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European Economic Integration and South-East Europe

European Economic Integration and South-East Europe

Challenges and Prospects

Edited by Klaus Liebscher, Josef Christl, Peter Mooslechner and Doris Ritzberger-Grünwald

With both transition dynamics and the EU integration process having shifted to the south-east of Europe, a region fairly marginalized in the literature, this book fills a gap by taking stock of where South-East Europe’s economies and institutions stood in 2004. The authors evaluate the potential for investment and growth within the South-East European region, including the role of trade and FDI, and discuss the challenges associated with unemployment, poverty and ‘brain drain’. The book also provides insights into the particular monetary and exchange rate policies applied, including cases of ‘euroization’, and finally makes an assessment, against this background, of the European perspective of the countries of South-East Europe.

Chapter 23: Banking in South-East Europe: status quo and the way forward

Norbert Walter

Subjects: economics and finance, regional economics, urban and regional studies, regional economics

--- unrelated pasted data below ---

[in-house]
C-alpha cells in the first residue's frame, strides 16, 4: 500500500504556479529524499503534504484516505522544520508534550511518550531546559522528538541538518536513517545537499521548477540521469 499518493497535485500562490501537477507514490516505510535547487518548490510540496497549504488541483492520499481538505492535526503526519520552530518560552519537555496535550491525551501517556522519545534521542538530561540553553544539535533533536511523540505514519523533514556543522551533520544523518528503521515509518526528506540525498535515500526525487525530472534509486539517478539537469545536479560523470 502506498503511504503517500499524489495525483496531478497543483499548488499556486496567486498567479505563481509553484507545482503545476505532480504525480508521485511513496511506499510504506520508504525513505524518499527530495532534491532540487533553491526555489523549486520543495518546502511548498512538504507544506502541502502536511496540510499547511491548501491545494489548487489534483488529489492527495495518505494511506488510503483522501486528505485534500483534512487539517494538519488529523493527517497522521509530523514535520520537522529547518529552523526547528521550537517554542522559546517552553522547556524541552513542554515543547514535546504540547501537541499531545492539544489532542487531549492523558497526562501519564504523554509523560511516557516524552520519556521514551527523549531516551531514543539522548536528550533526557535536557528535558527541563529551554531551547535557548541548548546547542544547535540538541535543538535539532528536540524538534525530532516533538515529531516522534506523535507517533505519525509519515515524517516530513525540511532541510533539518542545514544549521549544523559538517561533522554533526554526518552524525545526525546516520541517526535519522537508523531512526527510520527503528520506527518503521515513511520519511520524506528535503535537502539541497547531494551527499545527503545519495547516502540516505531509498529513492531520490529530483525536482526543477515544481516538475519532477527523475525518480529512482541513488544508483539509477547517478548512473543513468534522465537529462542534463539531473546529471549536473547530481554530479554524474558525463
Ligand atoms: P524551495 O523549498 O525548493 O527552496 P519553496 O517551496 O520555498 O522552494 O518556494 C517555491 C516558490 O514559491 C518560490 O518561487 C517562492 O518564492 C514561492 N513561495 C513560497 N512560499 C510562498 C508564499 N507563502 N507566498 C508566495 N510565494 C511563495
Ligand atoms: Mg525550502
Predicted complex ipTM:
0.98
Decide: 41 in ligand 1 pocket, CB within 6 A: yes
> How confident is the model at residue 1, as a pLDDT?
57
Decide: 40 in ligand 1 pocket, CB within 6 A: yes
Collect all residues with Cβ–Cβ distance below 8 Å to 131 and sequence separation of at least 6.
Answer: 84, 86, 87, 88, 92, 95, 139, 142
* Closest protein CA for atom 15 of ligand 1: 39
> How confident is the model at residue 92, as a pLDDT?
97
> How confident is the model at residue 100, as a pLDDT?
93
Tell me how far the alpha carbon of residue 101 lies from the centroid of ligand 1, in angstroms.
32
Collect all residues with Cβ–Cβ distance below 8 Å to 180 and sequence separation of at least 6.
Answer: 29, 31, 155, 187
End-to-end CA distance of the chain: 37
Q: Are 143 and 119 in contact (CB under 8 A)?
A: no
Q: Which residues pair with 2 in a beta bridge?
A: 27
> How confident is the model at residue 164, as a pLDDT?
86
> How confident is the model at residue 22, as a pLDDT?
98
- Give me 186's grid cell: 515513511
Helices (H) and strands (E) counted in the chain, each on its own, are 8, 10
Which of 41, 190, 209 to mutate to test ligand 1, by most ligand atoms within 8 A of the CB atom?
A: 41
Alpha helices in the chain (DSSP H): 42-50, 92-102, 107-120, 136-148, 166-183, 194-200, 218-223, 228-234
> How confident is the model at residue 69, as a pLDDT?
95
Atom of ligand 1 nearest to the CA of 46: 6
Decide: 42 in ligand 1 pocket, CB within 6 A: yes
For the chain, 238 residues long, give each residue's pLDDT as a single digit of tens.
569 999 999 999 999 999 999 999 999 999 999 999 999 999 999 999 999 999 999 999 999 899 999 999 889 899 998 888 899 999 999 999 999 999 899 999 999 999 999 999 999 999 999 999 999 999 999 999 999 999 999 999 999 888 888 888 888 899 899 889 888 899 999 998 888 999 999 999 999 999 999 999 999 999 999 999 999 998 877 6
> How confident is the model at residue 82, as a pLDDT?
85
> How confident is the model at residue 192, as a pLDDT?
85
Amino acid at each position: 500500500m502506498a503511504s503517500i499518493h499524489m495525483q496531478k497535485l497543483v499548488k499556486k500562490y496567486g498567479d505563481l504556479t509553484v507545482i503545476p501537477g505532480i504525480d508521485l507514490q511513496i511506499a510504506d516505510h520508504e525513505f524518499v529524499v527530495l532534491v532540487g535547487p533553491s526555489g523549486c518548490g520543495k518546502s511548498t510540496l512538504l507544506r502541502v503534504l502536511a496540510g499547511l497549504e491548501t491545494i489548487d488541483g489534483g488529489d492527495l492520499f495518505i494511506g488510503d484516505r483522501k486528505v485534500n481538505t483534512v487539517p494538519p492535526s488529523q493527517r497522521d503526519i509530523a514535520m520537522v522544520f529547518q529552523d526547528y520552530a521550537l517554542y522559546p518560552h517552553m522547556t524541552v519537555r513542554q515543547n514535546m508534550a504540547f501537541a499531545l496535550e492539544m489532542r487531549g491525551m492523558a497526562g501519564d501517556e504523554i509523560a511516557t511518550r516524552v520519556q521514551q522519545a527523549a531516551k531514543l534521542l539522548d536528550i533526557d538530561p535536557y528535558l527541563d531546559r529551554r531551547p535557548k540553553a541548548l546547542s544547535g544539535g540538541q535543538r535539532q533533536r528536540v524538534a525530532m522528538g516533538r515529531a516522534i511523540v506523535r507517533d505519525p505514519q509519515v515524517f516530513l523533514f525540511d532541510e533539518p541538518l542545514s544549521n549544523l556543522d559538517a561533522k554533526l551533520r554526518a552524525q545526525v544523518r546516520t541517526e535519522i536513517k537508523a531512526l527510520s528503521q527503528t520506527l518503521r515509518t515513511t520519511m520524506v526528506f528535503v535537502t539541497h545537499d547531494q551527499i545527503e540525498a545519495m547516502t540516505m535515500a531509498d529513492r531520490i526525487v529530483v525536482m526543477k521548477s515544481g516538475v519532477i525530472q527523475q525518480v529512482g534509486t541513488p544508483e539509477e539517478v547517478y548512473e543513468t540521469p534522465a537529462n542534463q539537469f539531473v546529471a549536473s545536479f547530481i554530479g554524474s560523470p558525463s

Norbert Walter 1. BANKING IN SOUTH-EAST EUROPE (SEE) The banking sectors of the South-East European countries have made remarkable progress in the last couple of years. However, they still have quite a long way to go to match their counterparts in the euro area in terms of efficiency. To start off, I will sketch some important lines of development. It is useful at the outset to compare the banking sector in SEE with that in the rest of Europe. Some tables will show in which aspects SEE has closed the gap with former EU countries and in which fields reforms are required. After the description of the banking sector, I will argue why it is important for an economy to have sound financial markets. For the transition economies in SEE, especially, it is very important to move forward in creating a mature banking sector to nurture the process toward economic prosperity. Before closing with an outlook for the banking sector in SEE, I will describe Romania in somewhat greater detail as a good example of a banking sector evolving amid the changes from a centrally planned economy to a market economy. I am sure that the fast and substantive changes in the banking sector and in financial market regulation, not only in Romania but in all of SEE, will continue in the next few years. 2. DESCRIPTION OF THE BANKING SECTOR IN SOUTH-EAST EUROPE 2.1 Banking Sectors are Still Relatively Small The banking sectors in the South-East European economies...

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